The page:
A Non Sequitur
is a bit or line of dialogue that is intentionally out of place, usually designed to elicit a comedic reaction. They have no actual bearing on the plot, although they are staples of characters who are part of their own little world like the Cloudcuckoolander
or The Ditz
Springboarding from there, we find the Big-Lipped Alligator Moment, or BLAM (an appropriate term in itself,
as they tend to show up with all the subtlety of a shotgun blast). This is a very bizarre scene in an otherwise normal story that veers off into the surreal or strange. Upon exiting that scene, the plot continues on like it never happened.
There are three precise criteria for measuring a Big Lipped Alligator Moment:
- Appears out of Nowhere —
- The plot comes to a halt as the scene takes its spot in the running time. There can't be any Foreshadowing and it can't take a logical place in the plot (e.g., coming across a trap while Storming the Castle is not random, but expected.)
- Strange in Context —
- The fictional setting, characters and narrative devices have to be at odds with the scene. In that regard, World Building moments, strange personalities, and a surreal story structure that can explain its origin are exempt from this trope. For instance, All Just a Dream gives a good reason, as using the trope tends to go hand-in-hand with the surreal (although for some genres and franchises, using the scenario of All Just a Dream itself may qualify).
- Never Mentioned Again —
Being merely inconsequential or strange is not enough. All three criteria have to be met. If a scene is considered "borderline", it is likely not an example. BLAMs are often Level Breakers
The Trope Namer is All Dogs Go to Heaven
, and the Trope Codifier
is The Nostalgia Chick
and The Nostalgia Critic
from their review of Fern Gully
while commenting on another example. In the trope naming scene (in a movie that mostly deals with talking dogs, the afterlife, and mafia undertones, somewhat strange itself) a big-lipped, Cajun-accented, bone-through-the-nose alligator takes a liking to the main character Charlie and forces him to sing a duet "Let's Make Music Together". While the alligator goes on to have a role in the plot later on, Charlie is noticeably very confused over the whole song.
The Nostalgia Critic and The Nostalgia Chick have had to post supplementary videos on this topic, due to confusion on what does and does not count. One is that it is a moment, not a subplot or entire episode (For that we have Bizarro Episode
). And they emphasized that it has to go against what is considered normal.
Context and the nature of the situation matters immensely in comparison to the sliding scale of realism used by the story in question. This trope can be objectively observed but because of the dissonance between the audience and the characters (the audience doesn't live in the exact same world, so what is strange to the audience might be commonplace for the characters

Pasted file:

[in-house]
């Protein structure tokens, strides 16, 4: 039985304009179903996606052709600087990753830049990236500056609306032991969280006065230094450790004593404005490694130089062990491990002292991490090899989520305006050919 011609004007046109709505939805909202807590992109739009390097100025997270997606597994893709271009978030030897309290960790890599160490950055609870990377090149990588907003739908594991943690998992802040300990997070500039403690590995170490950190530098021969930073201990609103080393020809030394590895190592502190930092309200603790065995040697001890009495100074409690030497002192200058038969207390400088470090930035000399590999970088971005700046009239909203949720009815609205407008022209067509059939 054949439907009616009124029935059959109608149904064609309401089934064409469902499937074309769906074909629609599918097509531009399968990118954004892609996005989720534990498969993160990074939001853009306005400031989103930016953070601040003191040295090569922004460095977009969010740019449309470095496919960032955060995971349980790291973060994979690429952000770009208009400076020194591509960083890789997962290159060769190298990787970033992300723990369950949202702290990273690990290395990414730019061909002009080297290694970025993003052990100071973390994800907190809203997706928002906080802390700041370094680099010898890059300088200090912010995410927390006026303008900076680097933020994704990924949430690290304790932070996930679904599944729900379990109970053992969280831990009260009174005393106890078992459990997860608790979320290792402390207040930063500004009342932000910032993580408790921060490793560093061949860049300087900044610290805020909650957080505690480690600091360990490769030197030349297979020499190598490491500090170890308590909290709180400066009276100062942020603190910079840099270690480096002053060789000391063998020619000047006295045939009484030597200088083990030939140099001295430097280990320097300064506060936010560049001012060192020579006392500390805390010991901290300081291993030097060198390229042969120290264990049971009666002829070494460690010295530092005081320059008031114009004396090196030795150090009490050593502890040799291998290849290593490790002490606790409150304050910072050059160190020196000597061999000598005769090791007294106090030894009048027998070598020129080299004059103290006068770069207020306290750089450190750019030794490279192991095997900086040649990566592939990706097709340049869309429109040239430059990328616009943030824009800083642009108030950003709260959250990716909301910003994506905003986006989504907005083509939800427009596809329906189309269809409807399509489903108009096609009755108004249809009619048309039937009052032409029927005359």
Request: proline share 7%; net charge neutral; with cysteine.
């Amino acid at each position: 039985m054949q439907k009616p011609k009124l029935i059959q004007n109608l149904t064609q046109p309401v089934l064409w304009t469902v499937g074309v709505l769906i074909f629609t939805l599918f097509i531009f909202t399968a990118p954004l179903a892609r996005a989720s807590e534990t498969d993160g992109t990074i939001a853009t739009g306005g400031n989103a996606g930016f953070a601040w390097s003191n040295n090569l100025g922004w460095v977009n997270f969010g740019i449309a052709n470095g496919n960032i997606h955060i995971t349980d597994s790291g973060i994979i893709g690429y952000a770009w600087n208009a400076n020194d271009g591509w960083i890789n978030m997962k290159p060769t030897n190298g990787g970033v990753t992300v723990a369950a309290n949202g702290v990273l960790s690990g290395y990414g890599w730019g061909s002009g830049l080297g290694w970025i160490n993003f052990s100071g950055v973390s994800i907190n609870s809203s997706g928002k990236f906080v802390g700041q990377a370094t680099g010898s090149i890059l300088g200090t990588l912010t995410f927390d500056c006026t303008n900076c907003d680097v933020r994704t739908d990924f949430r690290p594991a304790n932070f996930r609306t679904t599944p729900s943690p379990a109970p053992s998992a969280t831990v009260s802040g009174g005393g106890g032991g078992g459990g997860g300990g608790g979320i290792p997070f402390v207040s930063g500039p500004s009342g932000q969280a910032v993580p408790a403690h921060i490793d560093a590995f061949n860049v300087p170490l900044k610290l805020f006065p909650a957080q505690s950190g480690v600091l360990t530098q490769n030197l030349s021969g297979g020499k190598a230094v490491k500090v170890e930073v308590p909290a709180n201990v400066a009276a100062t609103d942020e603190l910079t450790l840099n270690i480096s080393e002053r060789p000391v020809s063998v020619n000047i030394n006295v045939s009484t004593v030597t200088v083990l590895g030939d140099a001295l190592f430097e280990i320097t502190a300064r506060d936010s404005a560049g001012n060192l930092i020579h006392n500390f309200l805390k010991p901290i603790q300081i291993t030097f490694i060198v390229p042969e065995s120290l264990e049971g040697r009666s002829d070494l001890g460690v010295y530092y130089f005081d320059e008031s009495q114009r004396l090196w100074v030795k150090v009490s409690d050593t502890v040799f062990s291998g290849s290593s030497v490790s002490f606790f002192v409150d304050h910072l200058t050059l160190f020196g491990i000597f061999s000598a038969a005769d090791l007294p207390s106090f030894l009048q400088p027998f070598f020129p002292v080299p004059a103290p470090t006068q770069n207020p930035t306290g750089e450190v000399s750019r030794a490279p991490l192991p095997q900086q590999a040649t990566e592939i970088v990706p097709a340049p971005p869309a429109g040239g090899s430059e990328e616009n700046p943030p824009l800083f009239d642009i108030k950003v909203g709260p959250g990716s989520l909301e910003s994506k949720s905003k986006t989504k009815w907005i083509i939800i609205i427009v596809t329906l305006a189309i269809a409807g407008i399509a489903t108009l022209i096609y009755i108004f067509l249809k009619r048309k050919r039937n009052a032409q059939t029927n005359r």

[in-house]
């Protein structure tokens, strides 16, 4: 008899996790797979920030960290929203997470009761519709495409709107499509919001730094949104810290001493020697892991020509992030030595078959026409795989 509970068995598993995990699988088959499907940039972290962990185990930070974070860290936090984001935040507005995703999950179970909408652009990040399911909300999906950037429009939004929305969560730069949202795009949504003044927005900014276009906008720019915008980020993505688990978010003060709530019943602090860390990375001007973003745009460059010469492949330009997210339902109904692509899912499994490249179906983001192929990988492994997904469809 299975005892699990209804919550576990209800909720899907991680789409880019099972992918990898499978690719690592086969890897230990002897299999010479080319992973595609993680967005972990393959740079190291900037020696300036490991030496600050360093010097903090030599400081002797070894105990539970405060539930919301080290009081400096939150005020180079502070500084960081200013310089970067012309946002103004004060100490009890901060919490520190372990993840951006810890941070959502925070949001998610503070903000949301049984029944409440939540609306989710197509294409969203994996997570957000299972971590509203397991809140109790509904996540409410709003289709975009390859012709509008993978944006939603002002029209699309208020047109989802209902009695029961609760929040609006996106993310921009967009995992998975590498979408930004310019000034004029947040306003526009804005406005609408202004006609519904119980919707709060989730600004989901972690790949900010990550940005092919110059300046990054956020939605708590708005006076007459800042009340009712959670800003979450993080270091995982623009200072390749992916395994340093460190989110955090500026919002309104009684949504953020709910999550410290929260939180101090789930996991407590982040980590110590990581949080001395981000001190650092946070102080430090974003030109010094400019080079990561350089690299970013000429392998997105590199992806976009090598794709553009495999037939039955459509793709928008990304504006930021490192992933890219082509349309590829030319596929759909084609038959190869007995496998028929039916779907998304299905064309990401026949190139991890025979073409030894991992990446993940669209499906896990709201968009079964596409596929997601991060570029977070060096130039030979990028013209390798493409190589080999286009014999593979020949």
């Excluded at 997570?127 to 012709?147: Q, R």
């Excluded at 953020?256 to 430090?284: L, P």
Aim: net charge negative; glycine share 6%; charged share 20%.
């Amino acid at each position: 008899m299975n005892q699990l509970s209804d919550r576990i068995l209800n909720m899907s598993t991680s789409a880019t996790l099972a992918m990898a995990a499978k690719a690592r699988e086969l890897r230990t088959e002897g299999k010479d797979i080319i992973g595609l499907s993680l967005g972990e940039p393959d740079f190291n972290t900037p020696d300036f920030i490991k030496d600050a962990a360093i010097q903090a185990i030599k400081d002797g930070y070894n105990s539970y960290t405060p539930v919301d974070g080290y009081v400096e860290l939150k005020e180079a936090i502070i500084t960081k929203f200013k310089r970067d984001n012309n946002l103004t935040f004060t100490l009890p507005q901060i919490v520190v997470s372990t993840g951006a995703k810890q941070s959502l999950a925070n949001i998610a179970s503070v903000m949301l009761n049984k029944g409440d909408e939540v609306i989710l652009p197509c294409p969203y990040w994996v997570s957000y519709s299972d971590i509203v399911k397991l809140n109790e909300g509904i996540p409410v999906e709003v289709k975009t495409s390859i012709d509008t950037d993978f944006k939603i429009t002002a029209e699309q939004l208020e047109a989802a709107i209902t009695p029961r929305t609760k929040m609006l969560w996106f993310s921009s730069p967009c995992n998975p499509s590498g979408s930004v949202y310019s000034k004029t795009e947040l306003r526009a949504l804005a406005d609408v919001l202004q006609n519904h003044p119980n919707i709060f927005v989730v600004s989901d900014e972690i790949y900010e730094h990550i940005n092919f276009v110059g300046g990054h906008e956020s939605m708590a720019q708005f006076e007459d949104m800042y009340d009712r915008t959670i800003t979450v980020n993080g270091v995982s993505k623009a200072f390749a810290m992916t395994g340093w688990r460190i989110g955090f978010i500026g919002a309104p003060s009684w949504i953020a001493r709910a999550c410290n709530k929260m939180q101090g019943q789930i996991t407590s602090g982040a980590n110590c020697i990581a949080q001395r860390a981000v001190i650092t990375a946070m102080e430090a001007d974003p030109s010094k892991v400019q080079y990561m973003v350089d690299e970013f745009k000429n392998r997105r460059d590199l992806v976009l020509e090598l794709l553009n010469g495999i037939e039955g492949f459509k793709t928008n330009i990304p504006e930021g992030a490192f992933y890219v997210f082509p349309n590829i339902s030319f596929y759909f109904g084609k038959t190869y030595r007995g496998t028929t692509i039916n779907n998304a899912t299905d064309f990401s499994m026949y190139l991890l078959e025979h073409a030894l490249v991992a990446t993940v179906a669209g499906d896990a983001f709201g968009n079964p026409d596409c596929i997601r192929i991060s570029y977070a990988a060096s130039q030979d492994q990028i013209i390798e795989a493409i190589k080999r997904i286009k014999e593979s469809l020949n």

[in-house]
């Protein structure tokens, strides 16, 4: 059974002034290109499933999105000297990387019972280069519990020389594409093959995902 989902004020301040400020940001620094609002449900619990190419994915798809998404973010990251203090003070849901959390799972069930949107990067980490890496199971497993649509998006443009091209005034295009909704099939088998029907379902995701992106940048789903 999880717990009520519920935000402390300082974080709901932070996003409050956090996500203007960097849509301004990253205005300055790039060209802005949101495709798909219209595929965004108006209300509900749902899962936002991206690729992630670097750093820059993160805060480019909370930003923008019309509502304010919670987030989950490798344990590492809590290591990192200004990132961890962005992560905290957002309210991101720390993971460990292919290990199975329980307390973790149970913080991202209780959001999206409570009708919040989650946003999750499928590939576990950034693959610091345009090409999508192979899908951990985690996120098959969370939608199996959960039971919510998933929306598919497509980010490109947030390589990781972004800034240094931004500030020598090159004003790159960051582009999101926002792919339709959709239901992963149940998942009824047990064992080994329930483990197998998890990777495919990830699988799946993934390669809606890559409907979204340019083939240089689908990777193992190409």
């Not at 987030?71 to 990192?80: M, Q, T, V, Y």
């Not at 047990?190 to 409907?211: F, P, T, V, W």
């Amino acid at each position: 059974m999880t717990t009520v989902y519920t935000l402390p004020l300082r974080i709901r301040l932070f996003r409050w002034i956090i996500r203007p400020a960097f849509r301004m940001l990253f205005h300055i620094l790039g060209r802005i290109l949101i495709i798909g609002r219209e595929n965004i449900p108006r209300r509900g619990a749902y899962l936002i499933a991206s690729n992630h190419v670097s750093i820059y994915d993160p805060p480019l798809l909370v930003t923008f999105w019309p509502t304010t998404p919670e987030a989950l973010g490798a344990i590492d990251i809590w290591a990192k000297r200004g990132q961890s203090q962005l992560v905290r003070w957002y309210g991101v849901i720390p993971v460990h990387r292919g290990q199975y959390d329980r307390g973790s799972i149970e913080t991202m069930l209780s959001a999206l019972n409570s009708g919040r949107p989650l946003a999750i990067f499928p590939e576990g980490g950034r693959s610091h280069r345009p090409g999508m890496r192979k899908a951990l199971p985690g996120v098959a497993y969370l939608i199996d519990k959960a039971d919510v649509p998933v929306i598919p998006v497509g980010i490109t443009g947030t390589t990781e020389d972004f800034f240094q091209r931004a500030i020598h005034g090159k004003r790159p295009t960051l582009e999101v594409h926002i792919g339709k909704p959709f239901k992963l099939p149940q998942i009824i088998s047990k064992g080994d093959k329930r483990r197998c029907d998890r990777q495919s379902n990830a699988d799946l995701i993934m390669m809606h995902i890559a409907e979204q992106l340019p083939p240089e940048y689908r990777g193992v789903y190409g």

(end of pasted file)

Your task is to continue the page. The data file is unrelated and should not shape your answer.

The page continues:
) this often ends up as a debatable topic. Even the trope namer has been subject to debate.
Compare these other tropes and consider whether an example would better fit there:
- Brick Joke: It comes out of nowhere, seems like it has no relevance at first (or only marginal relevance), disappears for awhile then comes back like a boomerang later on at some random point and becomes relevant, even if only to a very minor plot element. If it does so more than once, it becomes a Running Gag.
- Cutaway Gag: A throwaway joke that has a framing device of a character reminiscing of an unrelated past story or an Imagine Spot.
- Disney Acid Sequence: A surreal visual and musical scene that may or may not have plot relevance; because of the occasional lack of relevance there tends to be overlap. Is usually just a chance for animators to Show Their Work.
- Giant Space Flea from Nowhere: A sudden Boss encounter, in video games, that has nothing to do with the plot.
- Gainax Ending: A similarly bizarre Mind Screw ends up being the resolution to the plot!
- How Unscientific: A moment that breaks Genre Consistency, but may or may not break consistency of tone.
- Non Sequitur: A line of dialogue that doesn't follow the regular or normal conversation.
- Non Sequitur Thud: A line of dialogue spoken by a character just before they go unconscious (or sometimes when waking up from a dream).
- That Reminds Me of a Song: When a character suddenly starts singing a song that has no plot relevance.
Also compare What Happened to the Mouse?
, Aborted Arc
, Makes Just as Much Sense in Context
, and Flash Mob
(a Real Life
BLAM Moment). If the BLAM is used to sell products, it may be a Product Promotion Parade
Confused annoyingly often with an Arcadian Interlude
. Also has nothing to with Ka Blam
or Boom, Headshot
BLAMs By Medium:
- These happen ALL the time in real life due to its general lack of a coherent plot.
- According to the Chaos Theory, life itself!
- As mentioned above, Flash Mobs.
- The Max Headroom Incident
- Dreams. And 99% of the time, not only do you not mention them ever again, but you forget that they even happen!
- Musical numbers and certain performances in film and live-action TV up until the late sixties. The plot would stop for a performance, then when the performance was over, the plot would go on as though nothing had ever happened. This was done to make it easy to cut a number for certain markets that might find it offensive. For example, black performers might be cut for certain Southern states.
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- The rather bizarre argument in the TV tropes section of the The Fourth Wall Will Not Protect You article.
- Any and every time an editor includes a gag or meme from a show in their entry.
- Averted in the former Big Lipped Alligator Moment Troper Tales article. The fact that the Real Life moments were being posted about meant that they were being mentioned again, thus disqualifying them.
- Troper Tales itself was this back in the day.